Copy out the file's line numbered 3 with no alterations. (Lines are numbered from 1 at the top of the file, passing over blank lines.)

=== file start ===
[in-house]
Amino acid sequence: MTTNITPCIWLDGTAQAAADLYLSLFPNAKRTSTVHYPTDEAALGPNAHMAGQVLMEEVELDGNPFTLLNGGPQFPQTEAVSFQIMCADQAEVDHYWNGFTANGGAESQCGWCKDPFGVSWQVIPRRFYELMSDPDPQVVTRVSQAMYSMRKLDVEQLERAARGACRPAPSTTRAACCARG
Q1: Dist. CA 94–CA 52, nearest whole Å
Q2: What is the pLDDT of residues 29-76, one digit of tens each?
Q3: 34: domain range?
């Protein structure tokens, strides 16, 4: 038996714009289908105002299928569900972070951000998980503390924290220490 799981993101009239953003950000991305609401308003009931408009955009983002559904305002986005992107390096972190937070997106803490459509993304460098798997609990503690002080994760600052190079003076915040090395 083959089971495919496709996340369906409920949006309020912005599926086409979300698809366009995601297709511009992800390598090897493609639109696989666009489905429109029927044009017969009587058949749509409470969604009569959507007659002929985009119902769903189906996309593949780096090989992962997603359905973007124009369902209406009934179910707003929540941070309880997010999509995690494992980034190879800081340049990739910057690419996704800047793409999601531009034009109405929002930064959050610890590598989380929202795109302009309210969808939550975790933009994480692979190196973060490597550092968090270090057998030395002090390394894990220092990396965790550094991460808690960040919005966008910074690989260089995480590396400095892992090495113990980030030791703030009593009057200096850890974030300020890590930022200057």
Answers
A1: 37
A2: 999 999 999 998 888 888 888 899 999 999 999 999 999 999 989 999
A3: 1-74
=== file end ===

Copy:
Q1: Dist. CA 94–CA 52, nearest whole Å